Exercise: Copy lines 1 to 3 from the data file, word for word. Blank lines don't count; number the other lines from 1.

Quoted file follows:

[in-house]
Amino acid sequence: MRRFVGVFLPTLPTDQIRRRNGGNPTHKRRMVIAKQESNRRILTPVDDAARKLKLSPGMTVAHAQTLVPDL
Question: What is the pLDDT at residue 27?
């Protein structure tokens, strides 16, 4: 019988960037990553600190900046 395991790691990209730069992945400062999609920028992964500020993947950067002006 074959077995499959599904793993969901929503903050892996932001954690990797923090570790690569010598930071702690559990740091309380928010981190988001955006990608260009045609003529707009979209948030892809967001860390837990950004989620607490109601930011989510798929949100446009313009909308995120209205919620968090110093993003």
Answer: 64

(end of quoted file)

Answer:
[in-house]
Amino acid sequence: MRRFVGVFLPTLPTDQIRRRNGGNPTHKRRMVIAKQESNRRILTPVDDAARKLKLSPGMTVAHAQTLVPDL
Question: What is the pLDDT at residue 27?